European version of the XE-7
Japanese version of the XE-7.
(1975) In 1975, Minolta "upgraded" the original SRT series to the 200 series. Actually, there was very little difference between the two series of cameras. The SRT200 was a modified version of the SRT100. The main difference was that it now had a top speed of 1/000 instead of 1/500.
(1975) European version of the SRT200 (model a).
(1975) Japanese version of the SRT201 (model a).
(1975) European version of the SRT201 (model a).
(1975) Modified version of the SRT102. The mirror lockup was removed, but a film advance window and film memo holder were added.
Japanese version of the SRT202 (model a).
European version of the SRT202 (model a).
(1976) The XE-7 of 1974 was a marvelous cameras but it was expensive, so Minolta opted to produce a less expensive version the next year -- the XE-5. It maintained the major feature of the XE-7, which was automatic exposure control, but dropped several features that Minolta saw as less important.
Japanese variant of the XE-5. Same as the XE-5, but with multi-exposure capability.
The only thing the Minolta XK lacked was a motor drive. So in 1976, Minolta came out with the XK MOTOR. It's basically the same as the XK with a built-in (i.e., non-detachable) motor drive. A new, faster, silicon-based, metering head (AES) was needed to keep up with the motor drive, but all XK heads will fit and work correctly.
European version of the XK MOTOR
Japanese version of the XK MOTOR
(1976) At the same time that Minolta produced the XK Motor, they made some modifications to the original XK. The obvious difference is that they replaced the ASA/DIN chart on the film door with the film-tab holder of the XK Motor. Sold in the North American market.
Minolta sold the XK in Europe as the XM.
Minolta sold the XK in Japan as the X-1.
Variant of the SRT201. The advances are bi-prism focusing spot, mirror lock-up (on some versions), and safe-load signal. Like its predecessor, it was marketed for sale by KMART and a few other large stores. In 1979, a one CDS cell version which lacked the CLC featrue replaced the original. This second model was only made in chrome.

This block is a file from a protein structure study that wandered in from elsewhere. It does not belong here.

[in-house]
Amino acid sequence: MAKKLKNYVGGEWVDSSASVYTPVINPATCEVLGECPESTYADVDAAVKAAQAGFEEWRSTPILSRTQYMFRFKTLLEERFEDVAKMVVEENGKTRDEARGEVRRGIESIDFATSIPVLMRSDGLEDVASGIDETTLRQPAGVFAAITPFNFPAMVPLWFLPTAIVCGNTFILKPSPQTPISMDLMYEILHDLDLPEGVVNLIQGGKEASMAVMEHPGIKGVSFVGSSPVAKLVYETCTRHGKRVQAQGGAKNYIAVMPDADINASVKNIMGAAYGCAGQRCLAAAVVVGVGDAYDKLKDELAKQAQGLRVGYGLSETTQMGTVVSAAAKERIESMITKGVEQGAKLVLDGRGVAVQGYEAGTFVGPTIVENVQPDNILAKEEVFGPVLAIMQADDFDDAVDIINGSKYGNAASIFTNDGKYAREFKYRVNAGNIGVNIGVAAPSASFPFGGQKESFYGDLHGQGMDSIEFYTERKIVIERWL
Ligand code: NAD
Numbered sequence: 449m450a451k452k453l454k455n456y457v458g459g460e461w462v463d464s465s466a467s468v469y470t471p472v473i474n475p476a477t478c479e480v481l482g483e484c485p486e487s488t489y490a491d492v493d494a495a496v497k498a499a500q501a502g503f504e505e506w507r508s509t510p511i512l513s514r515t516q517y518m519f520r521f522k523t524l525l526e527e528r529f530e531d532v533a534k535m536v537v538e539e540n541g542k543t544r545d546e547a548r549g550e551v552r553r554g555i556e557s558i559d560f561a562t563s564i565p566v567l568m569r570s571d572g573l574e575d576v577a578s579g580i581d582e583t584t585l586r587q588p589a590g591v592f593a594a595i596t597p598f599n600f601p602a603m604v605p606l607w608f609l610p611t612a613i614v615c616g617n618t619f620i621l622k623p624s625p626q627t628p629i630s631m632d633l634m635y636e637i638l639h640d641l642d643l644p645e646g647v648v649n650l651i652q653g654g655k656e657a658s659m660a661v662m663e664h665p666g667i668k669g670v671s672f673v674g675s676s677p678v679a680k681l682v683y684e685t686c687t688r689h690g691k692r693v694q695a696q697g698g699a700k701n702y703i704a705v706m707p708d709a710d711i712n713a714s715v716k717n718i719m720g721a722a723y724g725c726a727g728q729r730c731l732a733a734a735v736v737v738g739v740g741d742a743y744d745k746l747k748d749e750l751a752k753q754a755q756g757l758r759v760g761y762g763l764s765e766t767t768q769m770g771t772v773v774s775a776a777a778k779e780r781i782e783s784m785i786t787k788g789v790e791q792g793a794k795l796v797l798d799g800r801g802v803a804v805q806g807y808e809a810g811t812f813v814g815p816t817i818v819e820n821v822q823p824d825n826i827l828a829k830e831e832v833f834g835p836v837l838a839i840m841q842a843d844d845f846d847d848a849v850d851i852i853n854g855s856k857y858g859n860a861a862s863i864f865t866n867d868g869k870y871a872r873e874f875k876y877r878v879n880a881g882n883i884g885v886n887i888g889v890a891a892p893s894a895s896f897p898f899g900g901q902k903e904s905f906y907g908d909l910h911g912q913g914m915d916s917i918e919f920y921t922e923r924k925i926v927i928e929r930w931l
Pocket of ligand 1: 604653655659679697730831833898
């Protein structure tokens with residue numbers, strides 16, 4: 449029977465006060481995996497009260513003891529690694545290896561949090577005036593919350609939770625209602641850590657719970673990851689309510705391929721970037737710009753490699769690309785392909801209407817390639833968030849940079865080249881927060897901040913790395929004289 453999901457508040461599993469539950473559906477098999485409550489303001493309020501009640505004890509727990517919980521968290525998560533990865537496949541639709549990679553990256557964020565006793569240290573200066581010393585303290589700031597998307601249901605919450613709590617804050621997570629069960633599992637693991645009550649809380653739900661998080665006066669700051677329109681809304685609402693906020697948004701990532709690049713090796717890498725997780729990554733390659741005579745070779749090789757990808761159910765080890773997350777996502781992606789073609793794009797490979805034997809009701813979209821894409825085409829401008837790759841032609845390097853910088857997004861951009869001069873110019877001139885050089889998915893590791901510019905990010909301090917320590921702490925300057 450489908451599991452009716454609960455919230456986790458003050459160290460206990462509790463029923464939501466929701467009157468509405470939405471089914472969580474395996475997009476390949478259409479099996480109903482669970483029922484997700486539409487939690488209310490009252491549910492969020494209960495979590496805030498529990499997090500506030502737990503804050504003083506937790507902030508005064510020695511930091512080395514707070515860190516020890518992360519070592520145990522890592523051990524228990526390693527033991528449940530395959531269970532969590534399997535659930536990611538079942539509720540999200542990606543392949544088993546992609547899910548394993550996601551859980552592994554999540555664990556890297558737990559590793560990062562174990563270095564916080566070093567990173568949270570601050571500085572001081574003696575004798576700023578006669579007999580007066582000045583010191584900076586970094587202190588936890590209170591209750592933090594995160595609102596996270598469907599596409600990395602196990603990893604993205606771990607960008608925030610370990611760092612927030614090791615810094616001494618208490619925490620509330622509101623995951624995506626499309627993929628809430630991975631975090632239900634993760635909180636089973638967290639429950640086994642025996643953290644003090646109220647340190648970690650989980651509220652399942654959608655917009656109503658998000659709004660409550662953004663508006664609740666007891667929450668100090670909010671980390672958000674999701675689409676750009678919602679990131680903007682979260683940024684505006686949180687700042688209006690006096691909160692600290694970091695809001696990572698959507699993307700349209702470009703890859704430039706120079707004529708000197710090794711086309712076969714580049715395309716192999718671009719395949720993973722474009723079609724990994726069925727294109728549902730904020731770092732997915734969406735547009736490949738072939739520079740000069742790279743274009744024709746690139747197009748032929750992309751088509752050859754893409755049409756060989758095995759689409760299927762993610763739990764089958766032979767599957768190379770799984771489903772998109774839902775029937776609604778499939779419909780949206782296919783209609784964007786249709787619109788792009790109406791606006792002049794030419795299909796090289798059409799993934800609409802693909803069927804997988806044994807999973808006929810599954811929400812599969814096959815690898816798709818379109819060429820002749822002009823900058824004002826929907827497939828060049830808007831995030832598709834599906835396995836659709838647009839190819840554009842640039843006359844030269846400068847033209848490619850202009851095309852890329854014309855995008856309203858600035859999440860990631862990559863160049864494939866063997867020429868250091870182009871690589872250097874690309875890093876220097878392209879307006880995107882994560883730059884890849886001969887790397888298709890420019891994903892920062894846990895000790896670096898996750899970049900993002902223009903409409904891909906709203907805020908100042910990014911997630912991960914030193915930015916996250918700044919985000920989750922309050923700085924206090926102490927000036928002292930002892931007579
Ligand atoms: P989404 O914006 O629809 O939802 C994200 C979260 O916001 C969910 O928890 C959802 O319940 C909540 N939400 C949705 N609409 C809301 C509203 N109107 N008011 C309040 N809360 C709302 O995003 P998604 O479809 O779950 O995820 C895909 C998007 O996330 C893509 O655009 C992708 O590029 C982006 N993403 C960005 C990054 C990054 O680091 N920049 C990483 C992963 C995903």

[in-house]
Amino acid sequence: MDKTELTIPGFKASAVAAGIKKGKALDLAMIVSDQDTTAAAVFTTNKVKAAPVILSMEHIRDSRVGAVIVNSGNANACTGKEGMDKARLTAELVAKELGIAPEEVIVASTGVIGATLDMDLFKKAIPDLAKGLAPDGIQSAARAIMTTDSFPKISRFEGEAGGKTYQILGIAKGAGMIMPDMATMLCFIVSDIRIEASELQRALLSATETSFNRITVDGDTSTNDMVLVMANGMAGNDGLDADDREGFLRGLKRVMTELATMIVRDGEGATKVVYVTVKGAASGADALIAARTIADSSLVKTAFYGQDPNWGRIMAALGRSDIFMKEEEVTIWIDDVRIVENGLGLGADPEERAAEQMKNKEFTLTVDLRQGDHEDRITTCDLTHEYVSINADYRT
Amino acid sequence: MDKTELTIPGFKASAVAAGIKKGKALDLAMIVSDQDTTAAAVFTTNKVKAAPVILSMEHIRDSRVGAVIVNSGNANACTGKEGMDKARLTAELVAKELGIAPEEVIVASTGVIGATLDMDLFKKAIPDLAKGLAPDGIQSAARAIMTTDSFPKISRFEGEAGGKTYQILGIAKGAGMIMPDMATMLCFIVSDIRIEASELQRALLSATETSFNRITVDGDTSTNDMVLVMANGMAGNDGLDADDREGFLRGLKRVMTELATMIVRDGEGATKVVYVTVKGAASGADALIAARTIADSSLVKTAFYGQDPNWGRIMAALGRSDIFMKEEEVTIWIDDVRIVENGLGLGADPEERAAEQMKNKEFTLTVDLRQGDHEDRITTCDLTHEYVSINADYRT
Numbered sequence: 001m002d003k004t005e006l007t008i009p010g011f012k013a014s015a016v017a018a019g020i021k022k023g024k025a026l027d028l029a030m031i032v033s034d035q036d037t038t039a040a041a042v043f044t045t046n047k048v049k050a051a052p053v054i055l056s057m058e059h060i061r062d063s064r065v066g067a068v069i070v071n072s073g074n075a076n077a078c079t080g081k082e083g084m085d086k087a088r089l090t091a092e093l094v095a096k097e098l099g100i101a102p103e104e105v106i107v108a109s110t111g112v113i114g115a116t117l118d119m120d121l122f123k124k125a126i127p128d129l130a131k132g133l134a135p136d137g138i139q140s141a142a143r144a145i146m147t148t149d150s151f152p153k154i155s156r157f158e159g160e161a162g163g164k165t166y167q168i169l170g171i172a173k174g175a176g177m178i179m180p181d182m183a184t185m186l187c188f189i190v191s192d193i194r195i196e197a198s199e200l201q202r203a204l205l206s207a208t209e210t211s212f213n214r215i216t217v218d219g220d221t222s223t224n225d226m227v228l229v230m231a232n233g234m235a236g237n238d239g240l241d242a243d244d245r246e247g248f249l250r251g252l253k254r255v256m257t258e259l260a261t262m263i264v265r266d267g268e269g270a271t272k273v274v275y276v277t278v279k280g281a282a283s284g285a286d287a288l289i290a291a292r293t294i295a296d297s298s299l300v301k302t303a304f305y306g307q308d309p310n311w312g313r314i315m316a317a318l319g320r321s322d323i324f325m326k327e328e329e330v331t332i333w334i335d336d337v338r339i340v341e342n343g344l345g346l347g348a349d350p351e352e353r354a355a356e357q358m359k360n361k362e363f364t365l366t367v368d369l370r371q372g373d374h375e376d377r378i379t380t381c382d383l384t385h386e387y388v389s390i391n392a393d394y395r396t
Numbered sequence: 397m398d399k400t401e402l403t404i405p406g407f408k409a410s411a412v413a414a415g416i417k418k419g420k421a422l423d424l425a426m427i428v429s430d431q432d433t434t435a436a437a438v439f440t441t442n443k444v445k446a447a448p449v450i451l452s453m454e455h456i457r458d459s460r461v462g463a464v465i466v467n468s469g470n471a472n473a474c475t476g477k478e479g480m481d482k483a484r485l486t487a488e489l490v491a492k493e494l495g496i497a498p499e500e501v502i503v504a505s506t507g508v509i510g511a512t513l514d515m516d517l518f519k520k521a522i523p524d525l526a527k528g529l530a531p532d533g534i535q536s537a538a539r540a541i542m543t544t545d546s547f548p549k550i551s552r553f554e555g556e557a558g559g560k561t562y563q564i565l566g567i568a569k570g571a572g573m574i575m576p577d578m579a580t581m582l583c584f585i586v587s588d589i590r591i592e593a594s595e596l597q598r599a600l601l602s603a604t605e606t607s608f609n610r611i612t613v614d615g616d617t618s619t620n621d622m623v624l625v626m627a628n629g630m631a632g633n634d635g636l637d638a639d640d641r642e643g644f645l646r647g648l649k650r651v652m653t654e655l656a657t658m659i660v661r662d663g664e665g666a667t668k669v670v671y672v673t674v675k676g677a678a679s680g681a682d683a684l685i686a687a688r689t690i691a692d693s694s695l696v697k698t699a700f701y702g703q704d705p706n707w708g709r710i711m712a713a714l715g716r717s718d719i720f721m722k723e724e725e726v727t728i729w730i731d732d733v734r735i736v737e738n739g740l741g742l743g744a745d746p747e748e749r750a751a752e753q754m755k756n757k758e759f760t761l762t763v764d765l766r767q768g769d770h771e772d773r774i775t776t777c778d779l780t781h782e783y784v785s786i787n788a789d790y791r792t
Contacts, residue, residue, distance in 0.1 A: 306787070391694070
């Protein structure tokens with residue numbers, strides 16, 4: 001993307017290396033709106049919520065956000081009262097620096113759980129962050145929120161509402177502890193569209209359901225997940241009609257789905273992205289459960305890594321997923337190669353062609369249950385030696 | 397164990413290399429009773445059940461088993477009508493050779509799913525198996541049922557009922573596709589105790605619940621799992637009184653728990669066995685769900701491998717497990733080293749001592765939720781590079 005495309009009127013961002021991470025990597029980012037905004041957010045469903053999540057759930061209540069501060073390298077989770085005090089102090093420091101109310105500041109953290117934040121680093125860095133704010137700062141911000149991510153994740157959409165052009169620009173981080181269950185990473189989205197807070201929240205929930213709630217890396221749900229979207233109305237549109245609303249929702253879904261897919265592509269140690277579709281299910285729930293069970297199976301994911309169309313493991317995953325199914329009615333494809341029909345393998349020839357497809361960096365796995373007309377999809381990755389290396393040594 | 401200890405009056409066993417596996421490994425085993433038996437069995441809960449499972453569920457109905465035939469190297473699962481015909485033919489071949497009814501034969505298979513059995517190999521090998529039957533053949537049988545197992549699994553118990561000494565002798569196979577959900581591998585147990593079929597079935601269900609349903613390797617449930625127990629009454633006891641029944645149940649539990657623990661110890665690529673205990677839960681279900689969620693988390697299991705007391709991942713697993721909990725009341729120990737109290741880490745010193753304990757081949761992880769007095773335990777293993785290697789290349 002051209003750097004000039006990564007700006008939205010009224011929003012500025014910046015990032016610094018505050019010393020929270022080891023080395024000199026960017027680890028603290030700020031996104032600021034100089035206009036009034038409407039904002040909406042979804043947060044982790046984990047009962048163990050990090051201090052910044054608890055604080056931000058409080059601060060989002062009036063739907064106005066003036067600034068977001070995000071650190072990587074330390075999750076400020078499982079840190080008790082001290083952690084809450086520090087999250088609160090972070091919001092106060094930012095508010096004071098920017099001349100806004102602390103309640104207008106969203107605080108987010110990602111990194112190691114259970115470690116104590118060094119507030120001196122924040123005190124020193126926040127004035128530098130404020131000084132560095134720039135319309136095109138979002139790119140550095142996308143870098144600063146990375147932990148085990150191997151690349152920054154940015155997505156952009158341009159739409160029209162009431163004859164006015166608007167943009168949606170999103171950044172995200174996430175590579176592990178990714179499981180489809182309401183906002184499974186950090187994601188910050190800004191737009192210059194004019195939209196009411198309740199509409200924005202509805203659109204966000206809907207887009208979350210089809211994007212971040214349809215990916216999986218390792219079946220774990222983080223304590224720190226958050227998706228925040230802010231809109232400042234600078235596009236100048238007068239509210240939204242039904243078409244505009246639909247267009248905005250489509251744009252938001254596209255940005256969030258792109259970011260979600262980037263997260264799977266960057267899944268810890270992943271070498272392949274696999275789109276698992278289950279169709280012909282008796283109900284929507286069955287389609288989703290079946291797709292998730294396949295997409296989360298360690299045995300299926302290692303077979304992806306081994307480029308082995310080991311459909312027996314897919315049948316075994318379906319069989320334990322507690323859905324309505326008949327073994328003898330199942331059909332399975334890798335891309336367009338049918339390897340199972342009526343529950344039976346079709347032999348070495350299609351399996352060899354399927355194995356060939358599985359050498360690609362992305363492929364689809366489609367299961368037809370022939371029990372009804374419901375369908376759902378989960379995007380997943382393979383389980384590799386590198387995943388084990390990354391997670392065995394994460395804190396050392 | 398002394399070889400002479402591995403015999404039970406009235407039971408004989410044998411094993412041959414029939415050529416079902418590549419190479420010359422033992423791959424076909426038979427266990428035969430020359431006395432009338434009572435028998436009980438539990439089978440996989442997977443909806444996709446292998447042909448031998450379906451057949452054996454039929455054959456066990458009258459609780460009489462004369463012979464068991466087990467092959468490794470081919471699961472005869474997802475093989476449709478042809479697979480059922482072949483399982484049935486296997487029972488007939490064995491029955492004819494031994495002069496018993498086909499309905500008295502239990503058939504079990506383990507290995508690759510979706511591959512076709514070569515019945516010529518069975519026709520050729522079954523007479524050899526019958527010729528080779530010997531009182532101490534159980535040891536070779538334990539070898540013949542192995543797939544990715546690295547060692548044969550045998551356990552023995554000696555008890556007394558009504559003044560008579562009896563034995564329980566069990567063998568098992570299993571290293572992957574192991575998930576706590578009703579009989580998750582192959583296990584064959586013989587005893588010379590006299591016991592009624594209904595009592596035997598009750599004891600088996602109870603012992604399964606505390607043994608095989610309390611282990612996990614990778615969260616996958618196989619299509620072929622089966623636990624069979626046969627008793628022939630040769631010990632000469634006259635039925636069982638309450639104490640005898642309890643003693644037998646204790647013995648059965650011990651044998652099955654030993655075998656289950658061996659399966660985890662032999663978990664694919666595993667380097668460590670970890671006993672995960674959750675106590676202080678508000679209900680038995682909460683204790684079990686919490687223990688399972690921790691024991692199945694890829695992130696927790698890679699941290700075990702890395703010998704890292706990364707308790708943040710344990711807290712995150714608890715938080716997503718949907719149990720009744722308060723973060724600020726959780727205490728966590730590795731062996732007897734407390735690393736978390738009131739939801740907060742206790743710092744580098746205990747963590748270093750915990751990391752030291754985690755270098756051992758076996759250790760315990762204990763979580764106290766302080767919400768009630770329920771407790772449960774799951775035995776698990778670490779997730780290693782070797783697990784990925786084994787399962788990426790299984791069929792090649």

(1977) The XE-7 was a superb camera, with automatic exposure, but Minolta faced new challenges from other companies. Other manufacturers were producing cameras with convenience features similar to the XE-7, but that were significantly smaller and lighter. First, there was the Olympus OM-2 (1975), and then the Pentax ME (1977). Minolta got into the fray -- but with a twist. How about the world's first multi-mode camera which could be set for aperture-preferred or shutter-preferred expsoure automation? That's the XD-11. Plus, Minolta threw in a new, smaller body style with lots of new features. To take advantage of the new shutter-preferred features of this camera, a new line of lenses, the MD Rokkor-X series was introduced.
European version of the XD-11 (model a)
Japanese version of the XD-11 (model a)
(1977) Minolta knew that the XD-11 was expensive and designed for the serious amateur. It also knew that it needed to produce a less expensive camera retaining the automatic exposure feature. The XG-7 was produced at the same time as the XD-11, and had a similar, compact body styling. The XG-7 lacked the shutter-preferred exposure mode of the XD-11, as well as other features. The XG-7 was the first in a long line of XG cameras.
European version of the XG-7.
Japanese version of the XG-7.
(1977) In 1977, Minolta "upgraded" the original SRT200 camera with a few, largely cosmetic, features.
(1977) European version of the SRT200 (model b).
(1977) In 1977, Minolta "upgraded" the original SRT201 camera with a few, largely cosmetic, features.
(1977) Japanese version of the SRT201 (model b).
(1977) European version of the SRT201 (model b).
(1977) Ever-so-slightly, modified version of the SRT202 (model a).
Japanese version of the SRT202 (model b).
European version of the SRT202 (model b).
(1978) On the Model B, the chrome, metal meter compensation tab is changed to a black, plastic tab.
European version of the XD-11 (model b)
Japanese version of the XD-11 (model b)
(1978) A simpler, less expensive alternative to of the XG-7 with fewer features.